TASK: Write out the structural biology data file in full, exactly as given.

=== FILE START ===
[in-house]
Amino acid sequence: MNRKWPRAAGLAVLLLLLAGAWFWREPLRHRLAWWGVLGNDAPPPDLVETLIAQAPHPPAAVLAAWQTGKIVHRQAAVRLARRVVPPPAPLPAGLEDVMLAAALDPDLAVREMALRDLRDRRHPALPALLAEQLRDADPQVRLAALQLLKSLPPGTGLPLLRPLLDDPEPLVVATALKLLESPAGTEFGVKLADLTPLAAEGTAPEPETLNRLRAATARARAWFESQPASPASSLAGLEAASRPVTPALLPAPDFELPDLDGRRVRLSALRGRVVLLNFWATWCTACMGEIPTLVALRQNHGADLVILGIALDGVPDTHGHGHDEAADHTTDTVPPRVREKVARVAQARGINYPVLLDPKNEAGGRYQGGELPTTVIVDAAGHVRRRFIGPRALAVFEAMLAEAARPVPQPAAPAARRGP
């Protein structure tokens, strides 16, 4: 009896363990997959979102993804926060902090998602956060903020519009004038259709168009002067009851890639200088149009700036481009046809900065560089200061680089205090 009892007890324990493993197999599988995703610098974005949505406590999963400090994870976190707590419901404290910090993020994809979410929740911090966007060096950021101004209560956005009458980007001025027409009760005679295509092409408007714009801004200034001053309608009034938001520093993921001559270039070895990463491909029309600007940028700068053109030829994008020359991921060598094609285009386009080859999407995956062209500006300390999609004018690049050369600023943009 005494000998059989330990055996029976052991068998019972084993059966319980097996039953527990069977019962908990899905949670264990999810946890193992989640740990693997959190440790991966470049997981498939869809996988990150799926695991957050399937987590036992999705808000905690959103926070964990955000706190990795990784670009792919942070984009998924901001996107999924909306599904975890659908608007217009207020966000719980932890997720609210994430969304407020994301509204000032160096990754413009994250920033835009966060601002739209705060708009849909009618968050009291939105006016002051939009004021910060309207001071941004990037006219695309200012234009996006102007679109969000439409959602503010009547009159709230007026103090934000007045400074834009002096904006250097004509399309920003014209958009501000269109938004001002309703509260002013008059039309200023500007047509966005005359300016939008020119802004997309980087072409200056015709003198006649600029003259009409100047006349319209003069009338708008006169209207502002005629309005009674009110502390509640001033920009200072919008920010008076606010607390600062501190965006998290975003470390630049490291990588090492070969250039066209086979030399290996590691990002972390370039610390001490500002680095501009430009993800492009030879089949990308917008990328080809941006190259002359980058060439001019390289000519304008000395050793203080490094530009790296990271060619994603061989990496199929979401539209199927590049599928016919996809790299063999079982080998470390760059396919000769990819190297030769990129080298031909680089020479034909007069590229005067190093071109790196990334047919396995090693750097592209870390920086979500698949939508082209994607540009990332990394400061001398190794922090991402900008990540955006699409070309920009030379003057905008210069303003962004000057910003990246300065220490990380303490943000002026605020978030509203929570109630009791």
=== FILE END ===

[in-house]
Amino acid sequence: MNRKWPRAAGLAVLLLLLAGAWFWREPLRHRLAWWGVLGNDAPPPDLVETLIAQAPHPPAAVLAAWQTGKIVHRQAAVRLARRVVPPPAPLPAGLEDVMLAAALDPDLAVREMALRDLRDRRHPALPALLAEQLRDADPQVRLAALQLLKSLPPGTGLPLLRPLLDDPEPLVVATALKLLESPAGTEFGVKLADLTPLAAEGTAPEPETLNRLRAATARARAWFESQPASPASSLAGLEAASRPVTPALLPAPDFELPDLDGRRVRLSALRGRVVLLNFWATWCTACMGEIPTLVALRQNHGADLVILGIALDGVPDTHGHGHDEAADHTTDTVPPRVREKVARVAQARGINYPVLLDPKNEAGGRYQGGELPTTVIVDAAGHVRRRFIGPRALAVFEAMLAEAARPVPQPAAPAARRGP
């Protein structure tokens, strides 16, 4: 009896363990997959979102993804926060902090998602956060903020519009004038259709168009002067009851890639200088149009700036481009046809900065560089200061680089205090 009892007890324990493993197999599988995703610098974005949505406590999963400090994870976190707590419901404290910090993020994809979410929740911090966007060096950021101004209560956005009458980007001025027409009760005679295509092409408007714009801004200034001053309608009034938001520093993921001559270039070895990463491909029309600007940028700068053109030829994008020359991921060598094609285009386009080859999407995956062209500006300390999609004018690049050369600023943009 005494000998059989330990055996029976052991068998019972084993059966319980097996039953527990069977019962908990899905949670264990999810946890193992989640740990693997959190440790991966470049997981498939869809996988990150799926695991957050399937987590036992999705808000905690959103926070964990955000706190990795990784670009792919942070984009998924901001996107999924909306599904975890659908608007217009207020966000719980932890997720609210994430969304407020994301509204000032160096990754413009994250920033835009966060601002739209705060708009849909009618968050009291939105006016002051939009004021910060309207001071941004990037006219695309200012234009996006102007679109969000439409959602503010009547009159709230007026103090934000007045400074834009002096904006250097004509399309920003014209958009501000269109938004001002309703509260002013008059039309200023500007047509966005005359300016939008020119802004997309980087072409200056015709003198006649600029003259009409100047006349319209003069009338708008006169209207502002005629309005009674009110502390509640001033920009200072919008920010008076606010607390600062501190965006998290975003470390630049490291990588090492070969250039066209086979030399290996590691990002972390370039610390001490500002680095501009430009993800492009030879089949990308917008990328080809941006190259002359980058060439001019390289000519304008000395050793203080490094530009790296990271060619994603061989990496199929979401539209199927590049599928016919996809790299063999079982080998470390760059396919000769990819190297030769990129080298031909680089020479034909007069590229005067190093071109790196990334047919396995090693750097592209870390920086979500698949939508082209994607540009990332990394400061001398190794922090991402900008990540955006699409070309920009030379003057905008210069303003962004000057910003990246300065220490990380303490943000002026605020978030509203929570109630009791």